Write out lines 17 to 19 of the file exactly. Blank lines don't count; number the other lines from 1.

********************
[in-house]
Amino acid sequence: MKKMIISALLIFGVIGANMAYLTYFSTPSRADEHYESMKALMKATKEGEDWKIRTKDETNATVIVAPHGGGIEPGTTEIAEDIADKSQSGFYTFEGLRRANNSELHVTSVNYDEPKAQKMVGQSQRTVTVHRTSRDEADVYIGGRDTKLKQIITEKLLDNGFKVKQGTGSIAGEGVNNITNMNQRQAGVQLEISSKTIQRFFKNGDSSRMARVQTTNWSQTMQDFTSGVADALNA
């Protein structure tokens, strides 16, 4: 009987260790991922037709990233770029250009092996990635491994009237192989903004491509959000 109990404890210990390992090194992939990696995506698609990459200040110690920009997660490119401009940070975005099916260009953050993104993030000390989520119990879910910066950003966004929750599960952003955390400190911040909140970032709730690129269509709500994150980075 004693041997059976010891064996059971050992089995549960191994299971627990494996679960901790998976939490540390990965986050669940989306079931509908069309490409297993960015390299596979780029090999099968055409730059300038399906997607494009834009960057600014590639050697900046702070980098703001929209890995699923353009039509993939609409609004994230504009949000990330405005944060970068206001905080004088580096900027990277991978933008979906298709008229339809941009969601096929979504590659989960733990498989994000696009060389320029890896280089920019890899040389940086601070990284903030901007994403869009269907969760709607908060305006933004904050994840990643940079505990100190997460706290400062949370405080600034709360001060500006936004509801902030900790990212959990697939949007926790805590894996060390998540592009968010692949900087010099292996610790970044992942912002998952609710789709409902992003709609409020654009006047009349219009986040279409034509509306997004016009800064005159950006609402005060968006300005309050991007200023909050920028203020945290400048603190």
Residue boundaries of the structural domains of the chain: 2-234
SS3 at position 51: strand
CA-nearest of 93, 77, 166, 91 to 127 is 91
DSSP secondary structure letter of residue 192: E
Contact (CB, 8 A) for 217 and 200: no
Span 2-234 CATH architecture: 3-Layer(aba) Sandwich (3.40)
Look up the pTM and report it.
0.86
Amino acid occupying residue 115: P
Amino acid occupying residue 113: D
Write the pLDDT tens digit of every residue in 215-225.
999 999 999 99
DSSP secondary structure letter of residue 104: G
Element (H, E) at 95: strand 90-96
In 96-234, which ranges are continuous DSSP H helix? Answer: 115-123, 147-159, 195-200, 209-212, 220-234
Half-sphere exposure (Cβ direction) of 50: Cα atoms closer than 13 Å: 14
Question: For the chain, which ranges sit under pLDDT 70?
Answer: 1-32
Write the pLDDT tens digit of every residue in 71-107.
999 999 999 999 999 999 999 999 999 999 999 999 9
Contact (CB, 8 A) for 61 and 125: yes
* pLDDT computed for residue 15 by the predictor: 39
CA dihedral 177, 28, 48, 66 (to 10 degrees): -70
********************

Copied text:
Element (H, E) at 95: strand 90-96
In 96-234, which ranges are continuous DSSP H helix? Answer: 115-123, 147-159, 195-200, 209-212, 220-234
Half-sphere exposure (Cβ direction) of 50: Cα atoms closer than 13 Å: 14